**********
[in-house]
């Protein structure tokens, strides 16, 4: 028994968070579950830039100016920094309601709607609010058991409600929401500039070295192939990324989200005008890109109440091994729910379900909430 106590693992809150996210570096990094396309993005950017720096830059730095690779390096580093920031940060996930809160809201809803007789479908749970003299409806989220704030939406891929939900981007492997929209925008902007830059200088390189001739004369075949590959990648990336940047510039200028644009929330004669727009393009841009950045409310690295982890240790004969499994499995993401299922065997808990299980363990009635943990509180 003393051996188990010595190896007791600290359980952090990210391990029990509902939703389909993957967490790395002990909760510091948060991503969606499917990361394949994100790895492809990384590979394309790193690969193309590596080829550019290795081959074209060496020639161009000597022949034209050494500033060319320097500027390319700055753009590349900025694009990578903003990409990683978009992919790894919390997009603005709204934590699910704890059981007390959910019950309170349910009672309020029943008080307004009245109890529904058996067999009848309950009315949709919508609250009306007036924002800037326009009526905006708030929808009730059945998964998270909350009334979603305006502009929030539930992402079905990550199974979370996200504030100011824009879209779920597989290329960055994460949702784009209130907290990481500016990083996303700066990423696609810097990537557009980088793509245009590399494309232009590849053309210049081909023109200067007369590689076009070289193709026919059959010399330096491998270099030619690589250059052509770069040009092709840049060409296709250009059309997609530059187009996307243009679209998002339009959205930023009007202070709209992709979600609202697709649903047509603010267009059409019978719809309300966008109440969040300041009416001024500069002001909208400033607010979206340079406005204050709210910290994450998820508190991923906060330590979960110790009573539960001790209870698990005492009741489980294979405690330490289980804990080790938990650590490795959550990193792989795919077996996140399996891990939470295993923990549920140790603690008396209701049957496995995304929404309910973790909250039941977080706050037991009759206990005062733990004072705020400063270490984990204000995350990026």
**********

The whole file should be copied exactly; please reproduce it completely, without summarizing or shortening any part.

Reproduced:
[in-house]
């Protein structure tokens, strides 16, 4: 028994968070579950830039100016920094309601709607609010058991409600929401500039070295192939990324989200005008890109109440091994729910379900909430 106590693992809150996210570096990094396309993005950017720096830059730095690779390096580093920031940060996930809160809201809803007789479908749970003299409806989220704030939406891929939900981007492997929209925008902007830059200088390189001739004369075949590959990648990336940047510039200028644009929330004669727009393009841009950045409310690295982890240790004969499994499995993401299922065997808990299980363990009635943990509180 003393051996188990010595190896007791600290359980952090990210391990029990509902939703389909993957967490790395002990909760510091948060991503969606499917990361394949994100790895492809990384590979394309790193690969193309590596080829550019290795081959074209060496020639161009000597022949034209050494500033060319320097500027390319700055753009590349900025694009990578903003990409990683978009992919790894919390997009603005709204934590699910704890059981007390959910019950309170349910009672309020029943008080307004009245109890529904058996067999009848309950009315949709919508609250009306007036924002800037326009009526905006708030929808009730059945998964998270909350009334979603305006502009929030539930992402079905990550199974979370996200504030100011824009879209779920597989290329960055994460949702784009209130907290990481500016990083996303700066990423696609810097990537557009980088793509245009590399494309232009590849053309210049081909023109200067007369590689076009070289193709026919059959010399330096491998270099030619690589250059052509770069040009092709840049060409296709250009059309997609530059187009996307243009679209998002339009959205930023009007202070709209992709979600609202697709649903047509603010267009059409019978719809309300966008109440969040300041009416001024500069002001909208400033607010979206340079406005204050709210910290994450998820508190991923906060330590979960110790009573539960001790209870698990005492009741489980294979405690330490289980804990080790938990650590490795959550990193792989795919077996996140399996891990939470295993923990549920140790603690008396209701049957496995995304929404309910973790909250039941977080706050037991009759206990005062733990004072705020400063270490984990204000995350990026």